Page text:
Tag Archives: Art History

Museo Sorolla

Tucked in the center of Madrid’s busy and bustling metropolis is the Sorolla Museum. When you think of Madrid, you tend to think of the Prado, Thyssen-Bornemisza, or Reina Sofia. These are the three iconic museums all clustered along a museum avenue that stretches from the post office square down to Atocha Train Station. But if you have a moment of space in Madrid, I cannot recommend enough the tranquility of the beautiful Sorolla Museum.

Joaquín Sorolla is Spain’s great impressionist painter. His colors of terracotta, white, and light blue are seductive. His paintings leave you with a sense of optimism and goodness. His house, which is now the museum, was donated to the state when his widow died. The house remains as it was when Sorolla was alive from his studio, to the dining room, and even the kitchen. Recently, the gardens and water fountain outside were restored as well. They offer a delightful respite from the busy city beyond the wall.

Madrid is the kind of place that needs a museum like this. It is one of those delightful museums that are a little off the beaten path where you can spend a few hours and collect your thoughts away from the cacophony of the Plaza Mayor and Plaza Sant Ana, and the craziness of the Grand Via and the Puerta del Sol. This place offers a breather for tourists and locals alike; a chance to reflect and look back at an age long since gone. I have been several times and each time it feels like I am about to start a yoga session because it is so peaceful and relaxing.

It is easy to get to the museum as well. You can take the Metro to Iglesia (line 1), or if you are adventurous, take the bus. If you are super fit, you can combine it with a walk from the Paseo de la Castellana. For me, I have to admit, I grabbed a cab.

Visiting Versailles in a Virtual World

We’ve been struggling lately with the whole notion of communicating art history to students as they walk through museums or historical places. Let’s rewind to the good old days. Upon entering any historical site you were handed a printed walking tour. Then you would wander at your own pace, reading what you need to help get through the art work.

Fast forward, people walk through museums now with headsets or handsets provided by the museum. For the most part technology adjusts and evolves at the right pace so that the people are comfortable with new devices inside these great treasures.  The challenge for us as educators is to provide the students with a means to go through these museums without being bogged down inside their smartphone device. They could do that from home.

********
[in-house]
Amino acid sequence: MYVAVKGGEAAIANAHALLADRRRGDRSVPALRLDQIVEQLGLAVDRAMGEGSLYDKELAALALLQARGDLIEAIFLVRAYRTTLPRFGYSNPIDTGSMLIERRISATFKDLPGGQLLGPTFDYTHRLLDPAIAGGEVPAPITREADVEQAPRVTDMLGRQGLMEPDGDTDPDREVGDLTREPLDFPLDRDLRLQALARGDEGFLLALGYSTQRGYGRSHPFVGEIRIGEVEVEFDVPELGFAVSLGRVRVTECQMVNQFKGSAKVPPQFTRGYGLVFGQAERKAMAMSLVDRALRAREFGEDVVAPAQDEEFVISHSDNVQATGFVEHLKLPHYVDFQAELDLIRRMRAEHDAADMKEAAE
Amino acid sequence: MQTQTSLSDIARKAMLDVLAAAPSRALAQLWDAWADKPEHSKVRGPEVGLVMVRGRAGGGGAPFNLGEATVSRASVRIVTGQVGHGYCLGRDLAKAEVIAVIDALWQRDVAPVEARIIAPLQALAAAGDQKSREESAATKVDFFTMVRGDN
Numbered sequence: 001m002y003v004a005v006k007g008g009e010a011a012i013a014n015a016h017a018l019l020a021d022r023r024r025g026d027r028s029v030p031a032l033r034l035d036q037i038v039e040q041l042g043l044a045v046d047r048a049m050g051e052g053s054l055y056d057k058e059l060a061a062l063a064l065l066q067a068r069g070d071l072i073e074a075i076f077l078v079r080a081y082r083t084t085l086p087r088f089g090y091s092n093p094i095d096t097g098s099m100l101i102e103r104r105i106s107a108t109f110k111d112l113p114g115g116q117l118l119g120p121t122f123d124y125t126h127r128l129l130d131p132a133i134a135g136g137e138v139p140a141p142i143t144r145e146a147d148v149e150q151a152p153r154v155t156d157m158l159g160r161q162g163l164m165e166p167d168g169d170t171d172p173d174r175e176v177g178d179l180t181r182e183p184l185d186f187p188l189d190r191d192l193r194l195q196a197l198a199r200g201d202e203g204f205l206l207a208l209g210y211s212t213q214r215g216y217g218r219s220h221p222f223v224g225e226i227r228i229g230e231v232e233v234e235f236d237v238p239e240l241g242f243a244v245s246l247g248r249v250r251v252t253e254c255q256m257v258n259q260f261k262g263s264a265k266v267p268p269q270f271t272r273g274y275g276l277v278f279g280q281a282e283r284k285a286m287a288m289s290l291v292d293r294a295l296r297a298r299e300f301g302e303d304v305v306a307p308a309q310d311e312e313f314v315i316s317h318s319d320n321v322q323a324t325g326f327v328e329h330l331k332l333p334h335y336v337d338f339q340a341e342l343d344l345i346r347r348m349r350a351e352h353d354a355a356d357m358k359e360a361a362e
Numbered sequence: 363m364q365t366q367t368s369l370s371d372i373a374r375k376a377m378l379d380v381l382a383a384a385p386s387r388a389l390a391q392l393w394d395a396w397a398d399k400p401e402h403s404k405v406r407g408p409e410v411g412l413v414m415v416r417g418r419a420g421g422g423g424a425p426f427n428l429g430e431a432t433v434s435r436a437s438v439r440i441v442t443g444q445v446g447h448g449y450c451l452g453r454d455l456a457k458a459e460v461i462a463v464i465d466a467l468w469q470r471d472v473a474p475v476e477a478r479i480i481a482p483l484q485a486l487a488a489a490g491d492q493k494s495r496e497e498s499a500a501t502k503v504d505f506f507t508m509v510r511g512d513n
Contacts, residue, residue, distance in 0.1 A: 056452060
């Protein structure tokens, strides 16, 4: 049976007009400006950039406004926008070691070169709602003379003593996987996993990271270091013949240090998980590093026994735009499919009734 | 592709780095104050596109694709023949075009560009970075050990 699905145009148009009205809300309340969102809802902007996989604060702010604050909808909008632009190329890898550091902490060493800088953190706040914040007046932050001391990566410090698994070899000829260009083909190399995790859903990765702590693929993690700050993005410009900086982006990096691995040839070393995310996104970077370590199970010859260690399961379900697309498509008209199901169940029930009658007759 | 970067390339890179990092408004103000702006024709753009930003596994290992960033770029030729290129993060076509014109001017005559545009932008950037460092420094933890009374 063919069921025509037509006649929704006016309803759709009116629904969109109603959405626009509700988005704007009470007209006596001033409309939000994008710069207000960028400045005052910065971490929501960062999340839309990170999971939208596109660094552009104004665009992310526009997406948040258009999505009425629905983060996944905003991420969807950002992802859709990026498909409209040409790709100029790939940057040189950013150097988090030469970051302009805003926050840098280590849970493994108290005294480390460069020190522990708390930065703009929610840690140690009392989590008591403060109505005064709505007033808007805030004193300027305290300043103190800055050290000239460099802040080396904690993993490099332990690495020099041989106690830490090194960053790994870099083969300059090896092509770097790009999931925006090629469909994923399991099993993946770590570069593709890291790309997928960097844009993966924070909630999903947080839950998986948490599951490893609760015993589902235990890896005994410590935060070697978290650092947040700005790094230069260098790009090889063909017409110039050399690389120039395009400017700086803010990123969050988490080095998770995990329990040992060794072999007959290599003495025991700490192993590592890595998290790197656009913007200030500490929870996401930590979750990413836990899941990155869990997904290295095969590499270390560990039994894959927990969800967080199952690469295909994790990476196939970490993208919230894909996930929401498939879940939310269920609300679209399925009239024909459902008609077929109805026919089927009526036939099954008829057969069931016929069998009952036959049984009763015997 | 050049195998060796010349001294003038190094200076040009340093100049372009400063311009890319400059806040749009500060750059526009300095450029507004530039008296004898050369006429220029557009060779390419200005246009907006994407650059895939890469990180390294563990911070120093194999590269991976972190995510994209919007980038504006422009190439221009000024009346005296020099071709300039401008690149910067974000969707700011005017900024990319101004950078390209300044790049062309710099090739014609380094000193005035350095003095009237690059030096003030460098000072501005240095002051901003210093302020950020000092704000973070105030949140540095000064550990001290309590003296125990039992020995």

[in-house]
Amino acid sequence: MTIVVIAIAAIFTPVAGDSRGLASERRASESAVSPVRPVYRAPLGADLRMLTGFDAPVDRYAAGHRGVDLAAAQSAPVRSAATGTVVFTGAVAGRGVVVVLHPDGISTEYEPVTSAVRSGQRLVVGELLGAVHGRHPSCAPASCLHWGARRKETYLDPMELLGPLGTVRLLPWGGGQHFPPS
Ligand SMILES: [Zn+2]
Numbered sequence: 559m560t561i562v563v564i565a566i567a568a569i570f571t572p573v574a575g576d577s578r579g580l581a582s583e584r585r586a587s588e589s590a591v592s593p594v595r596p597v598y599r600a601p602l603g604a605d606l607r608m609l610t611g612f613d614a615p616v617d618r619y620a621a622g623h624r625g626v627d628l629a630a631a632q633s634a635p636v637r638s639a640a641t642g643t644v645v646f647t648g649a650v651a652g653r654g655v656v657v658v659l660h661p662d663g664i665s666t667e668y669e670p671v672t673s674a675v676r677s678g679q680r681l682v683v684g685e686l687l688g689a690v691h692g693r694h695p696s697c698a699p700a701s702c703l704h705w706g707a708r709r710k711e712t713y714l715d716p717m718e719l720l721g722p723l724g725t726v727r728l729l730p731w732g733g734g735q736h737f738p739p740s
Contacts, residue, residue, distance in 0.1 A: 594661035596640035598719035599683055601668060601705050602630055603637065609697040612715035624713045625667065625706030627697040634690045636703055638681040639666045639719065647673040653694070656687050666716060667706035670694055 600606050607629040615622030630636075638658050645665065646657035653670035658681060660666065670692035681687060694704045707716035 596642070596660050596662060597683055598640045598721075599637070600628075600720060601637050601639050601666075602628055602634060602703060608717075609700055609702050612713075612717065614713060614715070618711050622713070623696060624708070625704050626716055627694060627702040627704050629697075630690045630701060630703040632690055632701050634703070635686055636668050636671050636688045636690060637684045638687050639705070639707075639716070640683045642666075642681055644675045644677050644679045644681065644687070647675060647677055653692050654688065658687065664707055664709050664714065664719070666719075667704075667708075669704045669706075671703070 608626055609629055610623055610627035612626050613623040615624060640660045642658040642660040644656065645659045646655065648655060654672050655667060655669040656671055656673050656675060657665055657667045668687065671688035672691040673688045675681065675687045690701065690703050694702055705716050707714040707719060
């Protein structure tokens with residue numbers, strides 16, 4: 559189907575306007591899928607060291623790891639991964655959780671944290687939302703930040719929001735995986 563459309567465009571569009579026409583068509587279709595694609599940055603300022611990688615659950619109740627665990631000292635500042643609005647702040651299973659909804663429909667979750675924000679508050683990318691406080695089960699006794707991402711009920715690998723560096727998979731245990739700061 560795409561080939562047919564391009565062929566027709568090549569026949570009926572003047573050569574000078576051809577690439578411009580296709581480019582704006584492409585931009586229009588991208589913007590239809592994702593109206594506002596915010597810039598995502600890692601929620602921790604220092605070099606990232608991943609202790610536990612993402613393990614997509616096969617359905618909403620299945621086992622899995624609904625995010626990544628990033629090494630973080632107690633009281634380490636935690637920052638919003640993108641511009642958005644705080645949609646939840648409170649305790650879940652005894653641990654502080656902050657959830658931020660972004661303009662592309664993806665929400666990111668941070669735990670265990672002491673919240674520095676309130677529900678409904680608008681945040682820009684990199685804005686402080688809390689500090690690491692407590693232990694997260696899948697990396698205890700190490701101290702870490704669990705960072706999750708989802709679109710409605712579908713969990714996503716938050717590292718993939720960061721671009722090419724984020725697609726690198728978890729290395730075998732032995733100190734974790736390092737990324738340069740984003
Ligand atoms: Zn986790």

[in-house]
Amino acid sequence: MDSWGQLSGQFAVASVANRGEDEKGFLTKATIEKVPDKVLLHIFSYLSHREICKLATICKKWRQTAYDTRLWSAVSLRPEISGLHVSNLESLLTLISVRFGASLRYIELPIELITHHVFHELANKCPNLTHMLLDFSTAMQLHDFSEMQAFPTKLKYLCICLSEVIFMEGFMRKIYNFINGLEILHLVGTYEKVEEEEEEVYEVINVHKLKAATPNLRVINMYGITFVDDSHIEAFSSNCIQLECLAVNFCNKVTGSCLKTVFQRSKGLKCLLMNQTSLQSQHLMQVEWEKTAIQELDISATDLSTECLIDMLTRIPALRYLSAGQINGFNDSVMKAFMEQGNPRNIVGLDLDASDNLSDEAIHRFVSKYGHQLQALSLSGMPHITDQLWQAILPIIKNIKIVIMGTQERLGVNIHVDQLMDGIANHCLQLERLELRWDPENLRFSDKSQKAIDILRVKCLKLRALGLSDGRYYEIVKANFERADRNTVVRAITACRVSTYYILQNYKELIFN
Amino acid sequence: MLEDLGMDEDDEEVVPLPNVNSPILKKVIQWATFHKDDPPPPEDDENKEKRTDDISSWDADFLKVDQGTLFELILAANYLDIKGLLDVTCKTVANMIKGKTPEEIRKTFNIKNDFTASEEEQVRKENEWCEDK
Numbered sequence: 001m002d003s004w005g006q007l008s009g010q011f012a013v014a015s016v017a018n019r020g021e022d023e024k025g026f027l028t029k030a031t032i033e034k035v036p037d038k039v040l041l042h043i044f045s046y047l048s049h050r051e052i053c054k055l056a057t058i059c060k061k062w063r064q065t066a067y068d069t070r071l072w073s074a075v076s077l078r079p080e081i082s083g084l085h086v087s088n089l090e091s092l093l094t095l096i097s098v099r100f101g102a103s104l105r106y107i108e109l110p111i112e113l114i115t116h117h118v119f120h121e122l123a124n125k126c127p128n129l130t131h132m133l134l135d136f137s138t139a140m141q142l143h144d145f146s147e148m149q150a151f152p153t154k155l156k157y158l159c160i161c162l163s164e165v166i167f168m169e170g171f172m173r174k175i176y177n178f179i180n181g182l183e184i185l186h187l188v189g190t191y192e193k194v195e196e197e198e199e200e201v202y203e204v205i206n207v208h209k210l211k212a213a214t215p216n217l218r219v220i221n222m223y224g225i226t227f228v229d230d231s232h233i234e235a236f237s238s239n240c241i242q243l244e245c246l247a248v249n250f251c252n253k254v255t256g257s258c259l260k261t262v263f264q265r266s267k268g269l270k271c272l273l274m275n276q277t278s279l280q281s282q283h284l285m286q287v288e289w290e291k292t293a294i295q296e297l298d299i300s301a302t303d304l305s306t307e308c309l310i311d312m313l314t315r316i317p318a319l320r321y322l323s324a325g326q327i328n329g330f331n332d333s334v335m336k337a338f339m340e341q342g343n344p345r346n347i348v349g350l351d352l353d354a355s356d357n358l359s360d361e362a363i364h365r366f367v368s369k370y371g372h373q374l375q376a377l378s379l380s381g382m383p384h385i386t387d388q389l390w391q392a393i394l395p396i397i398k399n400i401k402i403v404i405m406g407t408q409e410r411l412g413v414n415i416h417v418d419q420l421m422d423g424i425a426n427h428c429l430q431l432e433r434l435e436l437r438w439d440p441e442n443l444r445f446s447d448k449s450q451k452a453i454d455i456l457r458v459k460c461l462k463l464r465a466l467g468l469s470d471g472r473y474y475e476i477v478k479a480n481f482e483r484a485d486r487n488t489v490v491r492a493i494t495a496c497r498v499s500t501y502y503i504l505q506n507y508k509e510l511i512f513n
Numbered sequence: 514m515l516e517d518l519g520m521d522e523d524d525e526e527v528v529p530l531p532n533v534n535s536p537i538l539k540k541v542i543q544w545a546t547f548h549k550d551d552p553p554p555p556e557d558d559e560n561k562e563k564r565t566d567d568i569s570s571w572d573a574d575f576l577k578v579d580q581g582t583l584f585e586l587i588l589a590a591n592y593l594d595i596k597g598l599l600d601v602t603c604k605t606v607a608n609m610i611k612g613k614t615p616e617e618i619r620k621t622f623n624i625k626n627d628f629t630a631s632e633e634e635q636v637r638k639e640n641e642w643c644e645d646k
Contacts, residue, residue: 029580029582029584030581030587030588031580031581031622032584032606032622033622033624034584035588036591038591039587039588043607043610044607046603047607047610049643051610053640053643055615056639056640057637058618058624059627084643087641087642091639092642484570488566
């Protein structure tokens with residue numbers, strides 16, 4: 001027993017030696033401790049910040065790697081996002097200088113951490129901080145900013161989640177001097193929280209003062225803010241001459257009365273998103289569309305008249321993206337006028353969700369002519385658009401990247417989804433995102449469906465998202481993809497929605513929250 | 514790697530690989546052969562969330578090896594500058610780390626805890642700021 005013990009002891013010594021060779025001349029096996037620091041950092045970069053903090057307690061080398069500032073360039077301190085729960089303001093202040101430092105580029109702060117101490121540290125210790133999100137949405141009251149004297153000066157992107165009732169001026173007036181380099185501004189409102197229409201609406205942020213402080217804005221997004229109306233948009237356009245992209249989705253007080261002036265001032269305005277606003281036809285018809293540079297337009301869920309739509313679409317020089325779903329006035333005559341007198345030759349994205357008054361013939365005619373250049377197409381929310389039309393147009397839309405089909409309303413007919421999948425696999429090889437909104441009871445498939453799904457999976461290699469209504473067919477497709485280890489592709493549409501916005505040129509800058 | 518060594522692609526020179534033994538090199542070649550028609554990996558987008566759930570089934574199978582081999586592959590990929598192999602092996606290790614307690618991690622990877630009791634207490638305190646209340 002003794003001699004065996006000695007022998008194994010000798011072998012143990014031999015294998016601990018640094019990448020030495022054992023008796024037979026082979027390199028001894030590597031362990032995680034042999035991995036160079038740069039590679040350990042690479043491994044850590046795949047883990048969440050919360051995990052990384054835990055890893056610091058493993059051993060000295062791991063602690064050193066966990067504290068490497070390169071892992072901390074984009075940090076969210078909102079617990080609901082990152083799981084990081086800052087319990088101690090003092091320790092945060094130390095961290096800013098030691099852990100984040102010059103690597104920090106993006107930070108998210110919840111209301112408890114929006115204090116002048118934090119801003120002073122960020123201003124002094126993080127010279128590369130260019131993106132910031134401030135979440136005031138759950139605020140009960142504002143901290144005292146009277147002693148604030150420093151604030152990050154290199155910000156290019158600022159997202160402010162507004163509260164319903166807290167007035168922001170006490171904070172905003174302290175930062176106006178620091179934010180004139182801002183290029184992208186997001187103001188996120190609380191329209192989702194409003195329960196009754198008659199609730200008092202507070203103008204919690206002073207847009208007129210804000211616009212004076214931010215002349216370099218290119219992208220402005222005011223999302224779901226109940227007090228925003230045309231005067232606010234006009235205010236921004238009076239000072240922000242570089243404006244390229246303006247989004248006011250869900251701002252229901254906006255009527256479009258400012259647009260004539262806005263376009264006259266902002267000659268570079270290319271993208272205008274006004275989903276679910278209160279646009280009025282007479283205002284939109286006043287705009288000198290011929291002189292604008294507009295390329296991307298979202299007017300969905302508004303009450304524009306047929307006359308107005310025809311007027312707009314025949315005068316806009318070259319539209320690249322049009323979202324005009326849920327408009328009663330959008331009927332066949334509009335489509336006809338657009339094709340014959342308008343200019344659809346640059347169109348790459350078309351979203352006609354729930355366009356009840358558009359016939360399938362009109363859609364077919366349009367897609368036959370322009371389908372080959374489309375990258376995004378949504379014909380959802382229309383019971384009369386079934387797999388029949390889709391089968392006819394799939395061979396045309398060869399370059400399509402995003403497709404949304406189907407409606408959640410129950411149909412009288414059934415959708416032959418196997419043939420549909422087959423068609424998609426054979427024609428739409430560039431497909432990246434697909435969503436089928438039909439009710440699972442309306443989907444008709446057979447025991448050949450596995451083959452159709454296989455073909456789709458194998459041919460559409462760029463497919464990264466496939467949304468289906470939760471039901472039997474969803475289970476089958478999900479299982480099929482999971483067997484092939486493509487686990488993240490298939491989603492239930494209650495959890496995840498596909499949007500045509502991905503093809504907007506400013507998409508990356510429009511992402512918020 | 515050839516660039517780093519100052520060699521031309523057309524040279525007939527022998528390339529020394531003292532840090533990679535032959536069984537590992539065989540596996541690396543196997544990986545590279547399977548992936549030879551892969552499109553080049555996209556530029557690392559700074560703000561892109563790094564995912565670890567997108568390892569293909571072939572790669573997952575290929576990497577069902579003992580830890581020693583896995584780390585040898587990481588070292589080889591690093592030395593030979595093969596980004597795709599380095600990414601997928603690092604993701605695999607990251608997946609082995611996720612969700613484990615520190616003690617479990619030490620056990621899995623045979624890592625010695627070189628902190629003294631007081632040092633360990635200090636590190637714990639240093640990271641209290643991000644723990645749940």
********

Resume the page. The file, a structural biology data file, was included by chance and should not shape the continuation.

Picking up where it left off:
Our main challenge is to get kids to look up and so we’re experimenting with different ways to have them look down, to look up, to look down, to look up – getting a full experience – and then use technology to enhance that experience, not take away from it.

We’ve tried MP3s, tablets and are now moving through the smartphone vortex. But it’s complicated. The other day I went to Versailles with a new idea.  Armed with my tablet I attempted to navigate the museum, take in the extraordinary sites and rooms (including the spectacular Hall of Mirrors) while at the same time trying to answer a time-sensitive quiz.  As this was all happening, I was squashed at the front by a tour group and at the back by another tour group, as we all funneled our way through the various rooms that make up the palace.

And you know what I found myself doing?  Looking down.  I missed some extraordinary paintings as I was desperate to get the questions answered correctly and also to stay in sync with the others doing the quiz. Would I have been better off to just have walked through, keeping my eyes and ears open, taking everything in and then reflecting afterwards? Would it have been helpful to have a guide drone on, not tied to my age-sensitive brain? I think that I’m not sure what the answer is.

For now, my advice is to look up, stay in the moment and let the moment take you like a time machine into another age – simply not possible if you’re looking down.

If you’re planning a trip to Paris – Versailles should not be missed. You can get tickets on their website.